For much of the build up to 47's return IO Interactive and Square Enix have blushed and hidden behind a marketing plan whenever awkward questions like "Is there actually any proper Hitman?" crop up. This has been a shame. Linear stealthing past roaming ultra-sweary gangsters in libraries and orphanages is fine and dandy, but it's not why we love Hitman. Neither, incidentally, are sequences in which 47 performs a series of full-frontal takedowns on a squad of bondage death-nuns.
Hitman is about taking the time out to watch who goes where, and who does what. It's working out how to get into buildings; who you steal clothes from, what you're carrying and where you've stashed your weaponry. It's about dressing as a clown and amusing yourself by pushing council workers into dump trucks. It's about best made plans going very wrong, and having to shove bodies into cupboards to cover your tracks at the very last minute.
Let's hold hands and offer a votive of thanks, then, that Square Enix has finally let us play something that's proper Hitman. This Chinatown execution isn't as playful or colourful as Hitman sandboxes gone by, but it still features a multitude of ways to off your target.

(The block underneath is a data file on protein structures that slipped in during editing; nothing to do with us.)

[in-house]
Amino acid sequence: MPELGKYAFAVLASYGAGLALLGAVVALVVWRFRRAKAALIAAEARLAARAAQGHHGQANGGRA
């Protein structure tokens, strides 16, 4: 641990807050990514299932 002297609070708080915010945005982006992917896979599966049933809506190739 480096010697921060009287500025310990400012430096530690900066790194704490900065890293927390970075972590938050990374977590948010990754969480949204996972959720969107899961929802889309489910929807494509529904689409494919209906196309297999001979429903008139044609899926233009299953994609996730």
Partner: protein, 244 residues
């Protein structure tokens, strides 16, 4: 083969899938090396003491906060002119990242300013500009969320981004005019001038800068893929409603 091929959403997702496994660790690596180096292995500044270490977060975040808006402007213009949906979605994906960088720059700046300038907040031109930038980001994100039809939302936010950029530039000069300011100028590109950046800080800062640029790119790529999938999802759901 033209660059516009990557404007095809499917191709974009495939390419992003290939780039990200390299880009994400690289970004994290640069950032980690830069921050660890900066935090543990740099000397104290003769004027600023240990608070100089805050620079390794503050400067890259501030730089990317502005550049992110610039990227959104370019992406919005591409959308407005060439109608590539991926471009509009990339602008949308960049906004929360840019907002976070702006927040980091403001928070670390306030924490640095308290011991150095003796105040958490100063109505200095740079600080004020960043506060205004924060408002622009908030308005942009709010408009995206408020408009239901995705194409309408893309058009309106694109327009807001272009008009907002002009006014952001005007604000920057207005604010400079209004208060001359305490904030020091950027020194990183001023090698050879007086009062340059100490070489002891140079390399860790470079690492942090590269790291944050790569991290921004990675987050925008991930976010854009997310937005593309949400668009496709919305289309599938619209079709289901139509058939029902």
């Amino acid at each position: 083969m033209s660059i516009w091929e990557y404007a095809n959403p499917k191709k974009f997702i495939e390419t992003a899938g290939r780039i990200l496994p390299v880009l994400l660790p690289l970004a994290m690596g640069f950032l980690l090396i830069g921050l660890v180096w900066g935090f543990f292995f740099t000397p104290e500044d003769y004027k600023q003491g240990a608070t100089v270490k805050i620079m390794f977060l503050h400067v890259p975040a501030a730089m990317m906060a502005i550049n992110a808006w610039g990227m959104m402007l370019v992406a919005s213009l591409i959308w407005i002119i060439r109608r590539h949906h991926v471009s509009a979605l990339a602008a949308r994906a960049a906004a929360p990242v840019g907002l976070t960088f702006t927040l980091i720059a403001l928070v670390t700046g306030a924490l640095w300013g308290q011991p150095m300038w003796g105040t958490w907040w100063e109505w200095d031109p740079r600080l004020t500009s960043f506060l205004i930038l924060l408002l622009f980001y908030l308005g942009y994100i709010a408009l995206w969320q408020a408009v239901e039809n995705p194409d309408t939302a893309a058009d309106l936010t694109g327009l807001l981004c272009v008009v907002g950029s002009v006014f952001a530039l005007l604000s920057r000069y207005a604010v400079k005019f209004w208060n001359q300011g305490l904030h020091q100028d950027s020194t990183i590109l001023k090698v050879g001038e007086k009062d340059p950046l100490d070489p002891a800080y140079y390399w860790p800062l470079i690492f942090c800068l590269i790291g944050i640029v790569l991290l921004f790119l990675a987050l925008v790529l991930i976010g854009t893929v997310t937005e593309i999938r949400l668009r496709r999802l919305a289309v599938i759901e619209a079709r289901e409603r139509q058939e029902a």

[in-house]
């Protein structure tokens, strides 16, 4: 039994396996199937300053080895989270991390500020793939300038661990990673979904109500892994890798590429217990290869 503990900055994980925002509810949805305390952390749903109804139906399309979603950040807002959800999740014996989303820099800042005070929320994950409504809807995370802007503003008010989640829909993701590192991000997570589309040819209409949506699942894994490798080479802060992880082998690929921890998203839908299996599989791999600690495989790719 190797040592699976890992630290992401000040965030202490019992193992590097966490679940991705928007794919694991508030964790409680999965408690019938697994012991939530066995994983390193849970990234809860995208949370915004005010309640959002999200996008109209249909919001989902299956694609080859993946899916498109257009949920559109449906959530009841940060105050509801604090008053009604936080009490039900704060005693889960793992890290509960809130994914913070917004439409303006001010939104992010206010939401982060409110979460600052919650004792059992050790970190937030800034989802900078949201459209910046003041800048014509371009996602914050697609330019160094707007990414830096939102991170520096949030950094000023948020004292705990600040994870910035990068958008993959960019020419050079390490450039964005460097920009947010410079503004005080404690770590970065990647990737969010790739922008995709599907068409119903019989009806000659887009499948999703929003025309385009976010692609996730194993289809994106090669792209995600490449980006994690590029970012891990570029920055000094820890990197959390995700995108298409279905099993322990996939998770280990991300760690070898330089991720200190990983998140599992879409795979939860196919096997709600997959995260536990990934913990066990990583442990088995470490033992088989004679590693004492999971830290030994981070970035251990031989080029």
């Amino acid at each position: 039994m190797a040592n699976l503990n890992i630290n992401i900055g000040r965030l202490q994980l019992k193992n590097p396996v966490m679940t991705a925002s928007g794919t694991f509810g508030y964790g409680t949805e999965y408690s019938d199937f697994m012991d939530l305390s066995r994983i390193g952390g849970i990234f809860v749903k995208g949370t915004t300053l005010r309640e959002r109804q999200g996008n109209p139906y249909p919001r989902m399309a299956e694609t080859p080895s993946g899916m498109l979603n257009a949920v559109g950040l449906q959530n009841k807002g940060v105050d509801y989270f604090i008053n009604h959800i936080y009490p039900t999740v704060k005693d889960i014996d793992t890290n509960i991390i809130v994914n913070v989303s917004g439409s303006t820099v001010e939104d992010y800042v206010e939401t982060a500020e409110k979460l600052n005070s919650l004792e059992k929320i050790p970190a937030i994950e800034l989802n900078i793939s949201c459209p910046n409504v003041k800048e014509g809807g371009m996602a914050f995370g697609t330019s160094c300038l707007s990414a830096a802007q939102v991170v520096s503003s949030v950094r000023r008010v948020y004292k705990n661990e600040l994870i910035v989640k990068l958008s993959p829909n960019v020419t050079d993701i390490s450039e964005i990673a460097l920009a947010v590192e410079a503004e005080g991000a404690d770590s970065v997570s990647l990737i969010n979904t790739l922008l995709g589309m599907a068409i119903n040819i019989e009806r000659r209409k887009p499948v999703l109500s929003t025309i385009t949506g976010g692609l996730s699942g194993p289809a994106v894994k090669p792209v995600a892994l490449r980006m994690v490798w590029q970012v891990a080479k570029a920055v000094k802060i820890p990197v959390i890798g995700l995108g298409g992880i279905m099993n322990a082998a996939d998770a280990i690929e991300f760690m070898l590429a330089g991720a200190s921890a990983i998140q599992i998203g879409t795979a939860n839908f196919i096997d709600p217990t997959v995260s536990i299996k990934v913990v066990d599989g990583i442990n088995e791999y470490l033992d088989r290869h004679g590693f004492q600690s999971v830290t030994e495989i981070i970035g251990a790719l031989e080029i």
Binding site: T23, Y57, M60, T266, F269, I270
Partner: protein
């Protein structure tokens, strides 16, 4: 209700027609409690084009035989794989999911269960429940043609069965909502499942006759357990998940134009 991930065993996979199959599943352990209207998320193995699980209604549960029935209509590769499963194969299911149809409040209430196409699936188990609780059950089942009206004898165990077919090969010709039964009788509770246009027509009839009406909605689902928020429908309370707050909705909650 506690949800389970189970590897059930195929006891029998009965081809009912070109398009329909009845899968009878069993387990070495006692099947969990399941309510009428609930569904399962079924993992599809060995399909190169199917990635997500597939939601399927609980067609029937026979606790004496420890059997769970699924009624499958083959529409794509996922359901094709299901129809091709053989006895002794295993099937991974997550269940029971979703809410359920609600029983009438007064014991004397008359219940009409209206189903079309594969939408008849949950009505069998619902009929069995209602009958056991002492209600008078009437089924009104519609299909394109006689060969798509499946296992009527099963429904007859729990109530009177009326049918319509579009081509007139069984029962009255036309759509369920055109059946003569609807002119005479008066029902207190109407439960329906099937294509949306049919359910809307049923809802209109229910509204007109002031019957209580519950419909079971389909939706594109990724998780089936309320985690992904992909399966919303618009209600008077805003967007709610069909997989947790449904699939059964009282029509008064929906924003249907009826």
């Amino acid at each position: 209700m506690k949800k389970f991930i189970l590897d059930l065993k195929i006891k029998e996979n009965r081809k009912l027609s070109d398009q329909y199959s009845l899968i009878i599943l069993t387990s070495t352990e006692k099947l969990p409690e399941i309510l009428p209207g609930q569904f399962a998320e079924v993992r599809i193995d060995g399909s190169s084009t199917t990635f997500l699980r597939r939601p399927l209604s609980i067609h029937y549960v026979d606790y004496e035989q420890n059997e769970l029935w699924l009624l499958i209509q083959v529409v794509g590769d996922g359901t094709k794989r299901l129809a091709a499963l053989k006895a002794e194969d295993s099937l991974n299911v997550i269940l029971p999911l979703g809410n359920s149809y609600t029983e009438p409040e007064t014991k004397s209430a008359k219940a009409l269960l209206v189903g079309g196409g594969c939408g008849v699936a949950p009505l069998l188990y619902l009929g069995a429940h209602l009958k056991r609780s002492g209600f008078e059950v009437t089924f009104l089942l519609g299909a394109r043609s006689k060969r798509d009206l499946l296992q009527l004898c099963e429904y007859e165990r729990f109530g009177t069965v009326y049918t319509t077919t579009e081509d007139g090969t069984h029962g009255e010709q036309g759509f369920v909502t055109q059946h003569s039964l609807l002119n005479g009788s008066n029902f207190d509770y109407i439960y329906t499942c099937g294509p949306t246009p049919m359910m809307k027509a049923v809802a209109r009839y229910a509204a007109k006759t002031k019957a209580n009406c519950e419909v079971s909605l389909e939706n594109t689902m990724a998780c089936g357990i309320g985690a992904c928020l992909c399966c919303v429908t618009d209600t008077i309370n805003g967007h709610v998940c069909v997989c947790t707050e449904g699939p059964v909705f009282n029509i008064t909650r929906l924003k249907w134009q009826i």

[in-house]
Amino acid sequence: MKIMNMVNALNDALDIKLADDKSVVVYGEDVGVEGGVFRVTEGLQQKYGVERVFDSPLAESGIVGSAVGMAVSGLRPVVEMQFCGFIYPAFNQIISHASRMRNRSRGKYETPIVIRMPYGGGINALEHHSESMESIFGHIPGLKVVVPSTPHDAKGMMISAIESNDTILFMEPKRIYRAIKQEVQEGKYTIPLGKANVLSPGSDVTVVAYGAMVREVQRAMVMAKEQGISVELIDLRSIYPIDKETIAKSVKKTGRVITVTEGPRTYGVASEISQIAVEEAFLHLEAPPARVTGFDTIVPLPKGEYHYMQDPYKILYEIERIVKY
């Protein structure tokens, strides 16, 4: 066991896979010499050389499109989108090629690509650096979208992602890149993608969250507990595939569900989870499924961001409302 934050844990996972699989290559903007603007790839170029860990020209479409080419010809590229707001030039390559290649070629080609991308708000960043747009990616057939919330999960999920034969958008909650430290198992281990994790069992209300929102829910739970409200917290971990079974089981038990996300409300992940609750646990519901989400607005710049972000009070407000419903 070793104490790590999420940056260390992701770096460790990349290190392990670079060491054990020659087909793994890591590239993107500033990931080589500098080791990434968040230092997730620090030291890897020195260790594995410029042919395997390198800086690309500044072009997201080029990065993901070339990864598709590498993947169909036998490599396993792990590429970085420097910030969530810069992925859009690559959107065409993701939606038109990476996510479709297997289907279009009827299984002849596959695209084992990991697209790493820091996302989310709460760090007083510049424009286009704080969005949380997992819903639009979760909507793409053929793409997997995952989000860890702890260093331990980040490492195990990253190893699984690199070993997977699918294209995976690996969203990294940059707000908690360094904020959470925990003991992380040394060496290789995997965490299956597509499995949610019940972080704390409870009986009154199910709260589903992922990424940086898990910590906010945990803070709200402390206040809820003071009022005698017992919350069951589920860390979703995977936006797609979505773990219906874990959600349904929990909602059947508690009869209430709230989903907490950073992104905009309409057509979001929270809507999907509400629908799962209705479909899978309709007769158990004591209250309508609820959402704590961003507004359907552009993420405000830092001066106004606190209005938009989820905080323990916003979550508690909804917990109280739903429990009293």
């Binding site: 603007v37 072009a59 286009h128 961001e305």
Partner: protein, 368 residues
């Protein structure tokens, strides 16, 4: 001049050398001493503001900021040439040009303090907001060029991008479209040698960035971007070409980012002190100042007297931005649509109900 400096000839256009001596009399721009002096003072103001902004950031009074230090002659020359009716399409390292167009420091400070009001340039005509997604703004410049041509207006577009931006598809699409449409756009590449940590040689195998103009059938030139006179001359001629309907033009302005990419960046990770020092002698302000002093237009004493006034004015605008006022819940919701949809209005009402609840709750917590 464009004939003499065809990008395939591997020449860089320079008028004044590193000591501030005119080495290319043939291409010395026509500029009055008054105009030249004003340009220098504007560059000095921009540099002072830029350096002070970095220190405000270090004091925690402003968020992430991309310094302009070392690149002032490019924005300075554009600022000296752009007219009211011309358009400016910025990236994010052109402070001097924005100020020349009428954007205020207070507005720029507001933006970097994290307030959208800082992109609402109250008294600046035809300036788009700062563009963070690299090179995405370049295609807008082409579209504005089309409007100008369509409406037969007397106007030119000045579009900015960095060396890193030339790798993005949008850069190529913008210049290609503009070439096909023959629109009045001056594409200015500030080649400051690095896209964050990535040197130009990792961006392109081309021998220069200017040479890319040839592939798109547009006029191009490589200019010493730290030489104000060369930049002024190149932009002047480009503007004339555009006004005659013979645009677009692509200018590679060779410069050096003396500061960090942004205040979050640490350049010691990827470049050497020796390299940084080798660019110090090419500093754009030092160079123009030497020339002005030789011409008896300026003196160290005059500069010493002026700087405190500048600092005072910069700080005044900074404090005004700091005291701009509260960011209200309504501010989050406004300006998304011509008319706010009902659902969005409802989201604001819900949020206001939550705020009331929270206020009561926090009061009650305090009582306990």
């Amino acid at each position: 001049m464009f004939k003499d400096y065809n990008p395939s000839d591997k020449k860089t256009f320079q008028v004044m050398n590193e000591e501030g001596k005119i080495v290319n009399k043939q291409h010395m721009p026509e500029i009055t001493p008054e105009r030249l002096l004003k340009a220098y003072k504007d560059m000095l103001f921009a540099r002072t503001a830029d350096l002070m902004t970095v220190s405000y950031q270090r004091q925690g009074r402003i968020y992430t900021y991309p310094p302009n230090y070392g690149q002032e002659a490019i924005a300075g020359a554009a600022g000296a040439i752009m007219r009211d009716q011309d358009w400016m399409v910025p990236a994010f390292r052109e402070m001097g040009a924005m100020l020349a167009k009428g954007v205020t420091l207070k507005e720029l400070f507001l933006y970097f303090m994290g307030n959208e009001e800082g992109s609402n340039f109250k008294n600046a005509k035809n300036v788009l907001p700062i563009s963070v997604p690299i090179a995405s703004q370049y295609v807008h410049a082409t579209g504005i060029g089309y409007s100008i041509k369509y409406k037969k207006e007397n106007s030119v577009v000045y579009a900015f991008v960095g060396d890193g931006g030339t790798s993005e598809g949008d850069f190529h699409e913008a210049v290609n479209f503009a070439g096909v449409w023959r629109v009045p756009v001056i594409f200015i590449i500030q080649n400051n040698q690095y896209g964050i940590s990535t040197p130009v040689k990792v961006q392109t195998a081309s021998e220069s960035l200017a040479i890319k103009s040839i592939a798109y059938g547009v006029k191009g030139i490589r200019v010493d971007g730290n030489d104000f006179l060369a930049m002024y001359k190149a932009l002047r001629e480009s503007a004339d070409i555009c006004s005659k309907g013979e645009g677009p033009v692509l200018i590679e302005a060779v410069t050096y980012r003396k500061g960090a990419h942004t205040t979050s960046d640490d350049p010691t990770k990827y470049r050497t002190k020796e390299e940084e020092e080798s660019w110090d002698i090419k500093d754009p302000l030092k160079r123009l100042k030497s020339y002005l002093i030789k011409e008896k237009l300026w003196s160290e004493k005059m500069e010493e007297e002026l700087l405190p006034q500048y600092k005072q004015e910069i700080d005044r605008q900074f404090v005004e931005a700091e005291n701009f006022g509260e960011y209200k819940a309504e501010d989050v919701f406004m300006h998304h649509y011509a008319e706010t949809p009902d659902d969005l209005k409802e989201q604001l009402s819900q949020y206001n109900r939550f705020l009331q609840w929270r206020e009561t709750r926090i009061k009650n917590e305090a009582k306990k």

The plot posits that Hitman has cut ties with the Agency in something of a bloody fashion. Exposed and in need of an ally, he's about to take down a corrupt politician who is currently campaigning from a husting in the middle of a busy Chinatown market. With him dead a character called Birdie (a villain so-called because he's permanently covered in bird shit) can expand his criminal empire, and 47 can gain vital trust and information. And so a-poisoning (or a-shooting or a-shoving or a-exploding) you will go.
The crowd technology first shown off in Blood Money is again vital. When you open the gates out onto Chinatown you're presented with street vendors hawking their wares, and a multitude of customers wandering hither and thither through the smoke of the outside kitchens. It's immediately absorbing, and for a while it's hard not to wander around listening to how much a grilled fish will cost, while at the same time perhaps noticing a chef defying health and safety regulations by turning her back on a poisonous-looking fish.